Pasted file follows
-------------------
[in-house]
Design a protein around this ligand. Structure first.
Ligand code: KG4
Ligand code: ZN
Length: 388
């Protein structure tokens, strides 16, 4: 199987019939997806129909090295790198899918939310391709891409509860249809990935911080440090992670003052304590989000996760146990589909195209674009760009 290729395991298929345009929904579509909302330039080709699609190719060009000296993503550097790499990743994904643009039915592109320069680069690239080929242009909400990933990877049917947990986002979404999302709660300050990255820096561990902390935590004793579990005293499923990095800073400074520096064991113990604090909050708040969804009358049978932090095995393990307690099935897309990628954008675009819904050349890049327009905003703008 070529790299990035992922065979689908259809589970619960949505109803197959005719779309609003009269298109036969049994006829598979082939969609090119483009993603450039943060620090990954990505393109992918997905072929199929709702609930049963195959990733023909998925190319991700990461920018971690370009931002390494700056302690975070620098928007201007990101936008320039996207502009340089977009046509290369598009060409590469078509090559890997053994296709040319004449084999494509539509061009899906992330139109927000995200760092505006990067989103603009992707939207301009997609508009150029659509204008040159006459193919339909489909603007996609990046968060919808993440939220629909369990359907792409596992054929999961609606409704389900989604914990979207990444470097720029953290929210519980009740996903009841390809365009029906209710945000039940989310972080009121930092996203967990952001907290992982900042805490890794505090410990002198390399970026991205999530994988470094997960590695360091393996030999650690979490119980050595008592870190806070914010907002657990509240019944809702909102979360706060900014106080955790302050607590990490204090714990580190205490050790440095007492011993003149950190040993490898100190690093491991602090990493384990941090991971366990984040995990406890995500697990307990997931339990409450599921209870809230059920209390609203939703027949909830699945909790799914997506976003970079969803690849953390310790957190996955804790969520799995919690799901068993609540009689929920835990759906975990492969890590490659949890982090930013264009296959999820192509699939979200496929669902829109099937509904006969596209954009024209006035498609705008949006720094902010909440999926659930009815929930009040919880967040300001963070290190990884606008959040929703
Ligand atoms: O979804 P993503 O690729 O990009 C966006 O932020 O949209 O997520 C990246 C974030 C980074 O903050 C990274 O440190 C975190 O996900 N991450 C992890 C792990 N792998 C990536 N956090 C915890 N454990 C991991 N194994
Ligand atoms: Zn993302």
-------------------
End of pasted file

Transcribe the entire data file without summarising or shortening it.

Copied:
[in-house]
Design a protein around this ligand. Structure first.
Ligand code: KG4
Ligand code: ZN
Length: 388
């Protein structure tokens, strides 16, 4: 199987019939997806129909090295790198899918939310391709891409509860249809990935911080440090992670003052304590989000996760146990589909195209674009760009 290729395991298929345009929904579509909302330039080709699609190719060009000296993503550097790499990743994904643009039915592109320069680069690239080929242009909400990933990877049917947990986002979404999302709660300050990255820096561990902390935590004793579990005293499923990095800073400074520096064991113990604090909050708040969804009358049978932090095995393990307690099935897309990628954008675009819904050349890049327009905003703008 070529790299990035992922065979689908259809589970619960949505109803197959005719779309609003009269298109036969049994006829598979082939969609090119483009993603450039943060620090990954990505393109992918997905072929199929709702609930049963195959990733023909998925190319991700990461920018971690370009931002390494700056302690975070620098928007201007990101936008320039996207502009340089977009046509290369598009060409590469078509090559890997053994296709040319004449084999494509539509061009899906992330139109927000995200760092505006990067989103603009992707939207301009997609508009150029659509204008040159006459193919339909489909603007996609990046968060919808993440939220629909369990359907792409596992054929999961609606409704389900989604914990979207990444470097720029953290929210519980009740996903009841390809365009029906209710945000039940989310972080009121930092996203967990952001907290992982900042805490890794505090410990002198390399970026991205999530994988470094997960590695360091393996030999650690979490119980050595008592870190806070914010907002657990509240019944809702909102979360706060900014106080955790302050607590990490204090714990580190205490050790440095007492011993003149950190040993490898100190690093491991602090990493384990941090991971366990984040995990406890995500697990307990997931339990409450599921209870809230059920209390609203939703027949909830699945909790799914997506976003970079969803690849953390310790957190996955804790969520799995919690799901068993609540009689929920835990759906975990492969890590490659949890982090930013264009296959999820192509699939979200496929669902829109099937509904006969596209954009024209006035498609705008949006720094902010909440999926659930009815929930009040919880967040300001963070290190990884606008959040929703
Ligand atoms: O979804 P993503 O690729 O990009 C966006 O932020 O949209 O997520 C990246 C974030 C980074 O903050 C990274 O440190 C975190 O996900 N991450 C992890 C792990 N792998 C990536 N956090 C915890 N454990 C991991 N194994
Ligand atoms: Zn993302």